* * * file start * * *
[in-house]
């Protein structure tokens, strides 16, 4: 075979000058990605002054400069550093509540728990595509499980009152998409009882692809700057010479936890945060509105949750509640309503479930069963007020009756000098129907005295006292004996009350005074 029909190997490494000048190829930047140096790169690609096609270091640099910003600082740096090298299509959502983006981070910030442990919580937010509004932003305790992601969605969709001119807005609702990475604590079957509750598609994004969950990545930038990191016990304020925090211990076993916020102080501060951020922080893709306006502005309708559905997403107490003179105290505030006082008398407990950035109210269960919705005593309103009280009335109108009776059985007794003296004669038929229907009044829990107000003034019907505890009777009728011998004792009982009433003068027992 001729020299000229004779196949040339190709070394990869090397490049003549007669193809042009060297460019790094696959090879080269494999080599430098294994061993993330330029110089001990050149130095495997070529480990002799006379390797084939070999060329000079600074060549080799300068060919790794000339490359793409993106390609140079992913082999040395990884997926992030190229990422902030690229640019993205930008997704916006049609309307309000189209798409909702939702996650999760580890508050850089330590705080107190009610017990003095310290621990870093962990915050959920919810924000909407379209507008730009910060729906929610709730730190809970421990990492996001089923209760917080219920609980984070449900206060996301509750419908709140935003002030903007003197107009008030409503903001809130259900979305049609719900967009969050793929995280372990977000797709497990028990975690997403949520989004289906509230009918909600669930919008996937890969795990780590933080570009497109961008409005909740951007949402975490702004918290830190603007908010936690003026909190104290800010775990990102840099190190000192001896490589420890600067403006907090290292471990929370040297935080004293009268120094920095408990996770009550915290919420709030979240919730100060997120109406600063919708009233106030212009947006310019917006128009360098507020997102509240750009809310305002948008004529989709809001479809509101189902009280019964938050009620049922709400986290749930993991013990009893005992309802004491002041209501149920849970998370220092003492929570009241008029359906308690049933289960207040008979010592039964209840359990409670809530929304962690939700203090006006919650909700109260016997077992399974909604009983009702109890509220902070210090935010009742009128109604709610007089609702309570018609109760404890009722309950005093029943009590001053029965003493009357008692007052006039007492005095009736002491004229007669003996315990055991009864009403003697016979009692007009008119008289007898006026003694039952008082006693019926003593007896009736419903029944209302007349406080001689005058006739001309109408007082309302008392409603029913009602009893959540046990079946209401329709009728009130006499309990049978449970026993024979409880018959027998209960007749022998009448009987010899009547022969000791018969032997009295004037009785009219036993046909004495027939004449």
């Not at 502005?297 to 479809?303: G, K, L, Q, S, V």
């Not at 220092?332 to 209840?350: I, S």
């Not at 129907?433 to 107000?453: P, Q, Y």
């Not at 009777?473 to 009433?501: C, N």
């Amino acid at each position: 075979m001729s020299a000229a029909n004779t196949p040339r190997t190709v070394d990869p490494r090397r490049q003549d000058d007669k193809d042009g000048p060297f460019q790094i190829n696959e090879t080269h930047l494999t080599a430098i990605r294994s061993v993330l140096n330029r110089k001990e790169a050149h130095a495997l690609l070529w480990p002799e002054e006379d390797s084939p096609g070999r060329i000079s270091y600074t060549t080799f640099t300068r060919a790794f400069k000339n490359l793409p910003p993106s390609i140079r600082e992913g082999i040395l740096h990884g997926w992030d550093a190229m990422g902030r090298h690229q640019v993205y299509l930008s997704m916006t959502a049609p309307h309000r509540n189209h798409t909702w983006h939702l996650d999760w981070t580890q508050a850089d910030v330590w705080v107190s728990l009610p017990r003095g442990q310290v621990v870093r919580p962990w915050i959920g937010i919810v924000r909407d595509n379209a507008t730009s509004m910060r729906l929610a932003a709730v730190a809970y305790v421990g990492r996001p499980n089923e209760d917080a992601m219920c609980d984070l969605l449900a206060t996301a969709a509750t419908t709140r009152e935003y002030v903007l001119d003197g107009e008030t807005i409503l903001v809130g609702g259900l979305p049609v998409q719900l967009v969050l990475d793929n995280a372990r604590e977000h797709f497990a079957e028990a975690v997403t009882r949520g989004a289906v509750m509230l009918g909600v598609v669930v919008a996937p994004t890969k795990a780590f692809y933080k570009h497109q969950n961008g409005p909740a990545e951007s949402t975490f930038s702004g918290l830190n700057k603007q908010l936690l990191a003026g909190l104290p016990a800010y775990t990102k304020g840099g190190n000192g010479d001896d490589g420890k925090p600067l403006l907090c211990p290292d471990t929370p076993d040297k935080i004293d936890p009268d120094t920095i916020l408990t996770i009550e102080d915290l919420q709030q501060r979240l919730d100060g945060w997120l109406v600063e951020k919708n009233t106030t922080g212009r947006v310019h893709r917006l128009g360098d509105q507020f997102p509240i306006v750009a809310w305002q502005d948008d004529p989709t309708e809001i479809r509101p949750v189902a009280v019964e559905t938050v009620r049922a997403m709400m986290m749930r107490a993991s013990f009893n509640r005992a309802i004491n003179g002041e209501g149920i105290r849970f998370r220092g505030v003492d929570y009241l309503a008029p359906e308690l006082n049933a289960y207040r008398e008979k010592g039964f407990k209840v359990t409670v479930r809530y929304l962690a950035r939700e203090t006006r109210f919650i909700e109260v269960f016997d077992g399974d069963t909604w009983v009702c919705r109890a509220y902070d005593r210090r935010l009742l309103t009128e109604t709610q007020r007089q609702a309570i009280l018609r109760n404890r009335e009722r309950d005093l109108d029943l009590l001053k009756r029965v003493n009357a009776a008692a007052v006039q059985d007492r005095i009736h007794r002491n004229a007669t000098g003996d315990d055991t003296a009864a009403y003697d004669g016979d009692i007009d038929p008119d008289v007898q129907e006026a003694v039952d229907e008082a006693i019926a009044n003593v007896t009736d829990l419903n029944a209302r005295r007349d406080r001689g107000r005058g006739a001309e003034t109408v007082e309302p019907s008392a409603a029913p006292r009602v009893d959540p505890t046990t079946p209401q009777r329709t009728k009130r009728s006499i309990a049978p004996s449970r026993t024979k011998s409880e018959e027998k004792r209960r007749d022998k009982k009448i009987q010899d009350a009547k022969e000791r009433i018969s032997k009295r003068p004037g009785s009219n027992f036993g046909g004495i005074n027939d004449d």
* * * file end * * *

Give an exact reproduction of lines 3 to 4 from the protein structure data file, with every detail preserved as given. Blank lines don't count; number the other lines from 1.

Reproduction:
């Not at 502005?297 to 479809?303: G, K, L, Q, S, V």
């Not at 220092?332 to 209840?350: I, S």